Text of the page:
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Conclusions

The evidence indicates a causal relation between exposure to sufficient concentrations of sulfur mustard (and presumably nitrogen mustard and Lewisite) and chronic nonreversible respiratory effects in humans. It is well known that pulmonary injury is the principal cause of mortality in the first few days to weeks after intense exposure to sulfur mustard. In addition, the evidence is consistent with a causal relationship between occupational exposure to these agents and chronic obstructive lung diseases, including chronic bronchitis, asthma, and pneumonia. Finally, evidence from studies of combat survivors of gas attacks is consistent with a causal relationship between acute overexposure and bronchitis and emphysema. Further, given the likely exposure levels outlined in Chapter 3, the evidence is consistent with a causal relation between the concentrations of sulfur mustard (and Lewisite) used in the WWII experiments and chronic nonreversible lung diseases.

Indirect evidence, based on a review of the relationships between acute and chronic effects caused by other substances, suggests that the likelihood of long-term respiratory effects may not necessarily be linked to the presence of an acute respiratory response. Review of the evidence does not support a minimum  magnitude of acute response necessary in order for there to be long-term sequelae. Further, if the disease model requires the acute exposure to cause acute irreversible damage, then the magnitude of acute response might well predict the magnitude of the chronic response. However, if acute exposure led to an alteration in individual risk factors, then it is possible that the magnitude of the acute and chronic responses would be unrelated. Finally, indirect evidence suggests that only an unusual disease model would exclude the possible mechanism of change in individual risk factors so that the absence of an acute reaction would eliminate the possibility of a chronic effect related to an acute exposure. Thus, there is insufficient evidence to conclude that long-term respiratory responses occur only in cases where an earlier acute response has been documented.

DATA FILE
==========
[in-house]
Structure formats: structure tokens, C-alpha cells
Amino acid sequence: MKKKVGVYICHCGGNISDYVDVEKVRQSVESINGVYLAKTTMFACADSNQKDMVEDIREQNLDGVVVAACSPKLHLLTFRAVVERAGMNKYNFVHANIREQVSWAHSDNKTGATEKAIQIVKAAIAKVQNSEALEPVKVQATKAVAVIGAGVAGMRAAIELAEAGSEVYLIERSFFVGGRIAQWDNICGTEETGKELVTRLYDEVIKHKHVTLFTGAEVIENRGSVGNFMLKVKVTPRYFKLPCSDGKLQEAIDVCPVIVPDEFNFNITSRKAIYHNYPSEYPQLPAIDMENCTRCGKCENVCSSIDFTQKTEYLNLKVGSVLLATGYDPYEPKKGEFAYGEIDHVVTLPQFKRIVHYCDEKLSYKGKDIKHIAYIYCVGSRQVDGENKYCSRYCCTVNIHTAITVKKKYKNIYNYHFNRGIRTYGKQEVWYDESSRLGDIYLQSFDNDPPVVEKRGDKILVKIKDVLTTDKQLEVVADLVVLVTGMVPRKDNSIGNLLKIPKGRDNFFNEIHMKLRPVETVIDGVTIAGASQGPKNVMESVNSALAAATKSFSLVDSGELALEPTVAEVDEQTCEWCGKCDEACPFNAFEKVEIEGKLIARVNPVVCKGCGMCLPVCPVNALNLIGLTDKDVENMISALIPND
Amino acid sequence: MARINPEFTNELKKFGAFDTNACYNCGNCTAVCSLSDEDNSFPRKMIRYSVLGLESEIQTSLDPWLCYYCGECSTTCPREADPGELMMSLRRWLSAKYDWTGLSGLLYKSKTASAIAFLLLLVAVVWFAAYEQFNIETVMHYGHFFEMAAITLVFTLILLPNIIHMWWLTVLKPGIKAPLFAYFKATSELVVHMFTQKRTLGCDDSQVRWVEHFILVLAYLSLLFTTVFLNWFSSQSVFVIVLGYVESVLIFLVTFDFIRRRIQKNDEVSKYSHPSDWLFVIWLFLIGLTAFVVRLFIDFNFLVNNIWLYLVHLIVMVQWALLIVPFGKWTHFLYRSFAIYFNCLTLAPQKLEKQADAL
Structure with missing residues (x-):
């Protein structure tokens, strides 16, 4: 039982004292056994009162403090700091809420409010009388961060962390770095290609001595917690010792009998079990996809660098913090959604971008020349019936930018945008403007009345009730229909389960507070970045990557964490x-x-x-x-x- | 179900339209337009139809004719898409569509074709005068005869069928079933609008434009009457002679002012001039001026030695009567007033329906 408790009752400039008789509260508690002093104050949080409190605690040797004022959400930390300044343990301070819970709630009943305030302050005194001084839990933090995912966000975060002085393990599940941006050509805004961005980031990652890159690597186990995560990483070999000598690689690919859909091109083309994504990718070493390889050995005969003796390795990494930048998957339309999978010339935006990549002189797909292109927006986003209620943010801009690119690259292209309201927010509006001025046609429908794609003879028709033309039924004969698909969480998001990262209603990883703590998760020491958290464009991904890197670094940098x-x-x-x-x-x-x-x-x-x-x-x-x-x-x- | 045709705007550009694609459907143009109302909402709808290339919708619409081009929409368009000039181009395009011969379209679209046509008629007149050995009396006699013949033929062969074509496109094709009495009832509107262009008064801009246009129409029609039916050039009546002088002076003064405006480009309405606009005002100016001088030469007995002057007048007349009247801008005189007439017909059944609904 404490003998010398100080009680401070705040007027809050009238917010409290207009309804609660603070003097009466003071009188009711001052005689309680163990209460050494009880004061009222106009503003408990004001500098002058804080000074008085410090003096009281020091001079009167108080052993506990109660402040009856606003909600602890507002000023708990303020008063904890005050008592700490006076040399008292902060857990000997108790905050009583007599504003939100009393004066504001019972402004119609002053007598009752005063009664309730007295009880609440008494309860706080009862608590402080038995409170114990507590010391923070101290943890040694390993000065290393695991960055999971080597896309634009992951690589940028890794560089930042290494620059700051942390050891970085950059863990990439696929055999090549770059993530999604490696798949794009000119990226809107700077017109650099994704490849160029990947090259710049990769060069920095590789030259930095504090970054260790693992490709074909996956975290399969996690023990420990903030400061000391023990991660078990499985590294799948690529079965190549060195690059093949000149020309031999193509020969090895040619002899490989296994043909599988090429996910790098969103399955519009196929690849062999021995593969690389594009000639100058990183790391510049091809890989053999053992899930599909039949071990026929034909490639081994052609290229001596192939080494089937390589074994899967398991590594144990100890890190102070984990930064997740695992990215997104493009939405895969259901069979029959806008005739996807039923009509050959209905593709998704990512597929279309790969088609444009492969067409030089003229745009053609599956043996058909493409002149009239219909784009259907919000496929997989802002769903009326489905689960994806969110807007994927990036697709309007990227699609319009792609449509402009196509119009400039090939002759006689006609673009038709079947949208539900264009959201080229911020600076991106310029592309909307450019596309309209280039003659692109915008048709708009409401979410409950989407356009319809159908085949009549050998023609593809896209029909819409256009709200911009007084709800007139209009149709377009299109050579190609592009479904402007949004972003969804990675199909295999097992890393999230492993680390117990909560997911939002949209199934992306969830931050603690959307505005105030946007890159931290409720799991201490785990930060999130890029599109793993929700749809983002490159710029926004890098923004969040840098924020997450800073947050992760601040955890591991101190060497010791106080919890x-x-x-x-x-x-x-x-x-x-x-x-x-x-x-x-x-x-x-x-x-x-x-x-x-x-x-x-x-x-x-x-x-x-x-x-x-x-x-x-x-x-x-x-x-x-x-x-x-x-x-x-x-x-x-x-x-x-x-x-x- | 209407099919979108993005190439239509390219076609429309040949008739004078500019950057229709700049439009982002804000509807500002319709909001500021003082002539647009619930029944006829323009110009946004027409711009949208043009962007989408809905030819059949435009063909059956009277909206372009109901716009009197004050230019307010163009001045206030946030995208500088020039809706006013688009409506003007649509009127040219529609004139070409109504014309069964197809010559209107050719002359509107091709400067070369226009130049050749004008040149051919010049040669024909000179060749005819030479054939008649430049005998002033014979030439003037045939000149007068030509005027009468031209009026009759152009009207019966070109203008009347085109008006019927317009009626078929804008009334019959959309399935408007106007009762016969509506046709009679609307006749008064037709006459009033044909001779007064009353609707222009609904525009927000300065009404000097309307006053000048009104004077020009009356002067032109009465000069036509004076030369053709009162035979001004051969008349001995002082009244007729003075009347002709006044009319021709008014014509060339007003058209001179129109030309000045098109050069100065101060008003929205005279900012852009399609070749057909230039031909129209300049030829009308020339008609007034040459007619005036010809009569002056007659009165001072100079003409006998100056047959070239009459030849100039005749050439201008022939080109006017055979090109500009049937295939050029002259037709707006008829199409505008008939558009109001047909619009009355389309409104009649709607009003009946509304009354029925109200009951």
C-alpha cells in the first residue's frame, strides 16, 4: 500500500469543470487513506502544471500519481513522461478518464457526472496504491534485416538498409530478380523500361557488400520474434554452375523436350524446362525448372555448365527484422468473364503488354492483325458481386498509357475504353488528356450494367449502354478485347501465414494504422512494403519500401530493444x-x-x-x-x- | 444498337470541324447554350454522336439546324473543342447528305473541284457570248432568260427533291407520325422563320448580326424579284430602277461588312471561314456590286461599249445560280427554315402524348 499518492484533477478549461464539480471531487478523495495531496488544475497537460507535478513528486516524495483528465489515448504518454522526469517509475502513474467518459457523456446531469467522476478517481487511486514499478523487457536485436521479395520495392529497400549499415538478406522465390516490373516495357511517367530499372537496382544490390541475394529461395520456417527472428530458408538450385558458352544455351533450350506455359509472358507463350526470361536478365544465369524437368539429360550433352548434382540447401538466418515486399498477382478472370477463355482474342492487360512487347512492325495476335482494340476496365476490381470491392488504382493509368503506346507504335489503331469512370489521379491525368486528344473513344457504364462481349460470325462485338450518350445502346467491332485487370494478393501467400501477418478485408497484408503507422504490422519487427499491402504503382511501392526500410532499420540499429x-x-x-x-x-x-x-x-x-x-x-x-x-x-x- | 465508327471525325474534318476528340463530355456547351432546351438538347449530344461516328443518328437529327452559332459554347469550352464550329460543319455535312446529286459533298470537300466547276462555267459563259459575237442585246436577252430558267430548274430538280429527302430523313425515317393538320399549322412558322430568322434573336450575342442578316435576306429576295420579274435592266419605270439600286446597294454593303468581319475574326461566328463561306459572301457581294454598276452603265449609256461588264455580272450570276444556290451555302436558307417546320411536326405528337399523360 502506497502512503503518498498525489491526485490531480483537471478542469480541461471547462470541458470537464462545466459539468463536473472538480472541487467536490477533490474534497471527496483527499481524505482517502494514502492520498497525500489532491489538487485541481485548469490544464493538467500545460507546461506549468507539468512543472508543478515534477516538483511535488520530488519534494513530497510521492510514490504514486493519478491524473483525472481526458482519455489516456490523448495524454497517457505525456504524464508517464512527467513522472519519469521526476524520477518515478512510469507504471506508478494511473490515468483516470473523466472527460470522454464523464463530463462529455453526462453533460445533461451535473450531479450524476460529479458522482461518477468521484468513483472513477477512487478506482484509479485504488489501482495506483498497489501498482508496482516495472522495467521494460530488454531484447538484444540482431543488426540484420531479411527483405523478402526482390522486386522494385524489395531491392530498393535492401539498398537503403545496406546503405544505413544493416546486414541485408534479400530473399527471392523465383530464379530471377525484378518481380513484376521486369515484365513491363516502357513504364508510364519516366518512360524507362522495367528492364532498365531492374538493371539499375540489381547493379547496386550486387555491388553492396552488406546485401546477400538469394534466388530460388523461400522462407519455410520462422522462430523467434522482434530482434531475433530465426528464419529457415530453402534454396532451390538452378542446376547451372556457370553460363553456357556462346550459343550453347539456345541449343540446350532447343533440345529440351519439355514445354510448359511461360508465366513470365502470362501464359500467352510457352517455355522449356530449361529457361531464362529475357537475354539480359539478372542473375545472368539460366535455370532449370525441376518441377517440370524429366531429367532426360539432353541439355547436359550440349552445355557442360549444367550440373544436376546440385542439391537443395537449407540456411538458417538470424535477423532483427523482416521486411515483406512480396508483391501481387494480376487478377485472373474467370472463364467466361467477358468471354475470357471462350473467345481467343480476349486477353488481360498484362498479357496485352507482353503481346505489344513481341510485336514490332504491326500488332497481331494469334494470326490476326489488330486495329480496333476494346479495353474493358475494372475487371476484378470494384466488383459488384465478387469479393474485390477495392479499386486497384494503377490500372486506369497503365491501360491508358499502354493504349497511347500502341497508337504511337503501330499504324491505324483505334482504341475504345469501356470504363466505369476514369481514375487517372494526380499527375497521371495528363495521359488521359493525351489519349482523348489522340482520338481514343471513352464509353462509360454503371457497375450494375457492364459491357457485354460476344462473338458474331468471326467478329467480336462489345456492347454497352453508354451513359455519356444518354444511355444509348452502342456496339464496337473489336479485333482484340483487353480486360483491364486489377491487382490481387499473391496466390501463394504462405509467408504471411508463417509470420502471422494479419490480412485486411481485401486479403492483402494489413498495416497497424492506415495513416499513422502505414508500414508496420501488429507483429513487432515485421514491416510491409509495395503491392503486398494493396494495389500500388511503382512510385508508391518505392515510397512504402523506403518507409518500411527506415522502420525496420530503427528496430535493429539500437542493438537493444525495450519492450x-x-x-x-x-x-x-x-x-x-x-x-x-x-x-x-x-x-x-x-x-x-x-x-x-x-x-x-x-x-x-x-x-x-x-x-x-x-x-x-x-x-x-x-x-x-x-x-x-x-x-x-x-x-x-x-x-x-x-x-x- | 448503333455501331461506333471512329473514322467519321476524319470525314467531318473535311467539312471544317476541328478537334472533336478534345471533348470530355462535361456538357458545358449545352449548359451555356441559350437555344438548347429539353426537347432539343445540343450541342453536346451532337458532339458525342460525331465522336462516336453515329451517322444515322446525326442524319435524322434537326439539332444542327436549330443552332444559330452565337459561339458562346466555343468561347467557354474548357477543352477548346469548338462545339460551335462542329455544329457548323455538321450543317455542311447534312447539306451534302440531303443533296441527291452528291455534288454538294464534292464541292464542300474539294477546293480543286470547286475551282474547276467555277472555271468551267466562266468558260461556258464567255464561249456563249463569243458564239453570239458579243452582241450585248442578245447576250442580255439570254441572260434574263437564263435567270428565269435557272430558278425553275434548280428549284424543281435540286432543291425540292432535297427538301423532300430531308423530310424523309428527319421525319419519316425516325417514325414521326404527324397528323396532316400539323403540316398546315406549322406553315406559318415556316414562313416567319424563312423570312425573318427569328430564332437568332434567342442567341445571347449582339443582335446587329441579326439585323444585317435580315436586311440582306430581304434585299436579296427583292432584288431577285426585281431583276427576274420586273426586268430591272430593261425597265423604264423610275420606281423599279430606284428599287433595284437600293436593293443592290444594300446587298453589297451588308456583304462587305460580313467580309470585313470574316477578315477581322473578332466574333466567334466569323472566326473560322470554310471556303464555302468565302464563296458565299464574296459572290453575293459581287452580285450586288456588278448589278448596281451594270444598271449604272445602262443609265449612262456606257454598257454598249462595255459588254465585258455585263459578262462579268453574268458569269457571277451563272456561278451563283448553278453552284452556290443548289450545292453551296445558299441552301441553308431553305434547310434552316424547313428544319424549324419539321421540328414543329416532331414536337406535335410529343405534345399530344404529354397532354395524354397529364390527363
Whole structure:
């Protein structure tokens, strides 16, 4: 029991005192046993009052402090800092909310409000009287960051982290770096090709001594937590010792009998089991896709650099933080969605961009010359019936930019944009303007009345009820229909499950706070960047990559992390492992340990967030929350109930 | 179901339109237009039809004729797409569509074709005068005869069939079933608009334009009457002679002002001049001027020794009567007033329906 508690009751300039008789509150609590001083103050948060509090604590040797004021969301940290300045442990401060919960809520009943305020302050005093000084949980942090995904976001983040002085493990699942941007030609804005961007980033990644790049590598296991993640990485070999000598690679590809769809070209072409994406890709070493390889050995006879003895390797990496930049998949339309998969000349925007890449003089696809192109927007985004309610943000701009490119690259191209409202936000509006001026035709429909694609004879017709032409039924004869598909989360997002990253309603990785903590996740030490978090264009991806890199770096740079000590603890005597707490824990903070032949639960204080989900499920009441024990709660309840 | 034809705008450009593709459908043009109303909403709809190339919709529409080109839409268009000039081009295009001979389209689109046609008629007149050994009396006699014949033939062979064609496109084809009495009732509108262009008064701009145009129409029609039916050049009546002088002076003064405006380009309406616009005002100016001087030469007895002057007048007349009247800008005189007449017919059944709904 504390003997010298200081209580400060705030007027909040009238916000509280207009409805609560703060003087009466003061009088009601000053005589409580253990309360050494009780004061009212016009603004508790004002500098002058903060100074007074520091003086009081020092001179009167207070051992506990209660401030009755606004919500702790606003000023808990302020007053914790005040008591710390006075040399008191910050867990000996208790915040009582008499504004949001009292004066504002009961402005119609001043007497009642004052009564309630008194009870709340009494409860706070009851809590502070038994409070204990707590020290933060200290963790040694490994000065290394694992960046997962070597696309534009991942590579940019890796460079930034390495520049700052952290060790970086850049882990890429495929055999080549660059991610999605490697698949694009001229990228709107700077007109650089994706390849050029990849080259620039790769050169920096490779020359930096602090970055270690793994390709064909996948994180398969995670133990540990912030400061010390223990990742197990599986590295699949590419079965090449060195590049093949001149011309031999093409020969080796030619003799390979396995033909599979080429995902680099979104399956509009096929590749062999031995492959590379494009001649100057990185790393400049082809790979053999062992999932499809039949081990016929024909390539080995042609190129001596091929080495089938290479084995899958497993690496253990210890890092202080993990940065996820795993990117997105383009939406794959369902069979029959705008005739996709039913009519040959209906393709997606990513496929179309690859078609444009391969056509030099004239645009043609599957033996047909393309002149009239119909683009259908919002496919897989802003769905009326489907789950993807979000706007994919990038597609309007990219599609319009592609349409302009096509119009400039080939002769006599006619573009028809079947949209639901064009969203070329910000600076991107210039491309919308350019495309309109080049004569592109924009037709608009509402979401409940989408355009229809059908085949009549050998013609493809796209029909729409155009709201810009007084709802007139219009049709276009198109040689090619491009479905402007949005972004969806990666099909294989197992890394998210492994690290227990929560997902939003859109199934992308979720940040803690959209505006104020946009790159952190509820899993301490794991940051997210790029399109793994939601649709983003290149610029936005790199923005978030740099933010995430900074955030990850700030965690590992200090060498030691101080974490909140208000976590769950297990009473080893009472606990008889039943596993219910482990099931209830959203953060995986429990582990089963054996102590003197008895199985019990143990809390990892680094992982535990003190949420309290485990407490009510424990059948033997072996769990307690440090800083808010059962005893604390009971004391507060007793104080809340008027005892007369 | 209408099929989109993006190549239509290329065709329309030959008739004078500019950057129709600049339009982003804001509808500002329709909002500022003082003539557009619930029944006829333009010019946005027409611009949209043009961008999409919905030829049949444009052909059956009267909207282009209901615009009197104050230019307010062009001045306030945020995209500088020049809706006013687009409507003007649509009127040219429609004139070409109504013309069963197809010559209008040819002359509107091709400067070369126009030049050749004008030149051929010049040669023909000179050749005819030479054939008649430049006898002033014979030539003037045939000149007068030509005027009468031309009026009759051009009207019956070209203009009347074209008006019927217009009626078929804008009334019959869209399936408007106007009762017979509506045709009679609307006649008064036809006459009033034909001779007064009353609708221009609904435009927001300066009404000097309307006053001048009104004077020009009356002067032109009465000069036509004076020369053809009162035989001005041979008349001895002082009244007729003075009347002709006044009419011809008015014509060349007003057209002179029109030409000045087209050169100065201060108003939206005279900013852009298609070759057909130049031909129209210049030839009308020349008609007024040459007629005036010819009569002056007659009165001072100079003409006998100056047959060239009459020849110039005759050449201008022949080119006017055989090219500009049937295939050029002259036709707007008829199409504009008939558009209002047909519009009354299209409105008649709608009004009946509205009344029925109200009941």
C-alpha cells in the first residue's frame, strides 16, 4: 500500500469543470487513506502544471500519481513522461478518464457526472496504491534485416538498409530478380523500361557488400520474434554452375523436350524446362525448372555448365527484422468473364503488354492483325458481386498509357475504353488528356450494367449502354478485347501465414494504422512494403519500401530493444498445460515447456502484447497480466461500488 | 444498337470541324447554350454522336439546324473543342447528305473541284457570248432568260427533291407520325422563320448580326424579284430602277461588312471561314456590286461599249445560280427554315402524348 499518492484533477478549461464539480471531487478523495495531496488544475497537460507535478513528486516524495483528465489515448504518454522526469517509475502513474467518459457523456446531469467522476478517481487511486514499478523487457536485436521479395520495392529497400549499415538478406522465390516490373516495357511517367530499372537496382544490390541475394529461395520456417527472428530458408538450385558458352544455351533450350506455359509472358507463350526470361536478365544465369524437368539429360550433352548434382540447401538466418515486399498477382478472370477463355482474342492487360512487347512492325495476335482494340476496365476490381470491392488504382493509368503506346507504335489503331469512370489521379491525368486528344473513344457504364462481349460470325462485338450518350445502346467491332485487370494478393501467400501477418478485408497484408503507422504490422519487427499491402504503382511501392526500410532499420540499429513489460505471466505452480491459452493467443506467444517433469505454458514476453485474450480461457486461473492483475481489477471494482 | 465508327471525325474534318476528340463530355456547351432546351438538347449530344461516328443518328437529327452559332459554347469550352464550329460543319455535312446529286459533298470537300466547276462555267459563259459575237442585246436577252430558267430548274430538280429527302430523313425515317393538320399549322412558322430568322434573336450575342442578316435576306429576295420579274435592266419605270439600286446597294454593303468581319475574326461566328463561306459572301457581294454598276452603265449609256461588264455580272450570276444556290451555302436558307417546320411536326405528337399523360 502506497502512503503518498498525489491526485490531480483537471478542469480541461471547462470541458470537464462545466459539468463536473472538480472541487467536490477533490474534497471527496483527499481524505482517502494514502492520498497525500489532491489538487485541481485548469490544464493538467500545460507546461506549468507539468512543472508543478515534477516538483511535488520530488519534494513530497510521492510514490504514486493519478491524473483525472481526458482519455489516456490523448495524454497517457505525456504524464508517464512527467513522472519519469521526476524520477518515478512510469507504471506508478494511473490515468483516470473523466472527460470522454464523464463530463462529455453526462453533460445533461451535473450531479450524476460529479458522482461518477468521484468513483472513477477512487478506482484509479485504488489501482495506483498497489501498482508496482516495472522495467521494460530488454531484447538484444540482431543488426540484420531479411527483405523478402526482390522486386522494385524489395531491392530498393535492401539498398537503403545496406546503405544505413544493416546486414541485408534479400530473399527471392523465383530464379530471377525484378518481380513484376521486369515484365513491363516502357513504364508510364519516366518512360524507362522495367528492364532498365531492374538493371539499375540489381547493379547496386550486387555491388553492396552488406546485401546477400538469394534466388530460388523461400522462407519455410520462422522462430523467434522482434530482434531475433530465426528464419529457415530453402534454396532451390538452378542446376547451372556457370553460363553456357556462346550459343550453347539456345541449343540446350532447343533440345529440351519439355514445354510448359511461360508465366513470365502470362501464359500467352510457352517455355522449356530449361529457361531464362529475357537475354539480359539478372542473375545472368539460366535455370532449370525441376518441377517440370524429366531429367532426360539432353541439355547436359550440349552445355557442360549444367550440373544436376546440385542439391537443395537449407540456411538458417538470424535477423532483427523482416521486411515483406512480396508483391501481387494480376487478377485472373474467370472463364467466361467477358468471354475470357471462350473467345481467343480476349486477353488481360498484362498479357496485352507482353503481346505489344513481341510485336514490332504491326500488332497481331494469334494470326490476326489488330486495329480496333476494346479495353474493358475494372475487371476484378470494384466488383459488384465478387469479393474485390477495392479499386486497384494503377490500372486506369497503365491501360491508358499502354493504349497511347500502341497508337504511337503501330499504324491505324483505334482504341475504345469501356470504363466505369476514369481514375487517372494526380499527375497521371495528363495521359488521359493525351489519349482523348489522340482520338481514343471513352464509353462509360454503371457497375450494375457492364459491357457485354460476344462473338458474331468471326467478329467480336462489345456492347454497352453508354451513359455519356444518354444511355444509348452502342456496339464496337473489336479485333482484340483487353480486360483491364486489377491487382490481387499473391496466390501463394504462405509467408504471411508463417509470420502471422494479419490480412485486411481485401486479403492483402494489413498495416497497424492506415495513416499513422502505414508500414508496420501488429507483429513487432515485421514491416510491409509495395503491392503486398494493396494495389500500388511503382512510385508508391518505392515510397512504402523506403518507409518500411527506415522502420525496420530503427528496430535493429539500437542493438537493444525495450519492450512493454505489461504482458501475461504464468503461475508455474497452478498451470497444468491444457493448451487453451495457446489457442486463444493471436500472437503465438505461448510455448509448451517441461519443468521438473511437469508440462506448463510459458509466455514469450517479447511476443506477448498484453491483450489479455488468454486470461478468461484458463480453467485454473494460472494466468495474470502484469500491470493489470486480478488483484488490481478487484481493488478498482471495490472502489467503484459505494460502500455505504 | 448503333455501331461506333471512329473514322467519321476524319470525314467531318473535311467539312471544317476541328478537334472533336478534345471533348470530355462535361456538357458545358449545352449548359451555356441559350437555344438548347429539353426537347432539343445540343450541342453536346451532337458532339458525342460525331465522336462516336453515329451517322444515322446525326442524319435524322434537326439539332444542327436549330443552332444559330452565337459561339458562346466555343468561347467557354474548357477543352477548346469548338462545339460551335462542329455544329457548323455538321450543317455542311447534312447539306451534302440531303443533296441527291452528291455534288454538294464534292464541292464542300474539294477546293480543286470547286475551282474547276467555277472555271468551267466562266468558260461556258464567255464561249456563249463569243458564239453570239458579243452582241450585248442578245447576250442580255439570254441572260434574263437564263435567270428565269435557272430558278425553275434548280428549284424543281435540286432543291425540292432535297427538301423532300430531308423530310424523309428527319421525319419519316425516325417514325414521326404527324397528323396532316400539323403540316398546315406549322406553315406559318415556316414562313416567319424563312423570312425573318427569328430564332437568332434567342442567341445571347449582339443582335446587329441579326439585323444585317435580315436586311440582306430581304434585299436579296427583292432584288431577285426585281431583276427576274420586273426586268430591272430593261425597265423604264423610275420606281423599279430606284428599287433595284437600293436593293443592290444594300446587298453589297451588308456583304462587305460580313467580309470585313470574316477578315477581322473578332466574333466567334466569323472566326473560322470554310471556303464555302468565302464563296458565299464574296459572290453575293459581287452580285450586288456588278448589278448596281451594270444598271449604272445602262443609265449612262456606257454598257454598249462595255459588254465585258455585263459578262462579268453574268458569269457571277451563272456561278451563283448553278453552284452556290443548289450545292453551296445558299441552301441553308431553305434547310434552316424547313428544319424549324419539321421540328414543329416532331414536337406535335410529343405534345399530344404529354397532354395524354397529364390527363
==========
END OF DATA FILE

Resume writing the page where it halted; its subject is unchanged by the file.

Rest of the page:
References

Agency for Toxic Substances and Disease Registry (ATSDR). 1991. Draft, Toxicological Profile for Mustard "Gas." U.S. Department of Health and Human Services.

AMA Archives of Industrial Health. 1959. Beryllium disease and its control. Conference held at Massachusetts Institute of Technology, Sept. 30-Oct. 1, 1958. AMA Archives of Industrial Health 19.

Axford AT, McKerrow CB, Jones AP, Le Quesne PM. 1976. Accidental exposure to isocyanate fumes in a group of firemen. British Journal of Industrial Medicine 33:65-71.


Back KC, Thomas AA, MacEwen JD. 1972. Reclassification of material listed as transportation



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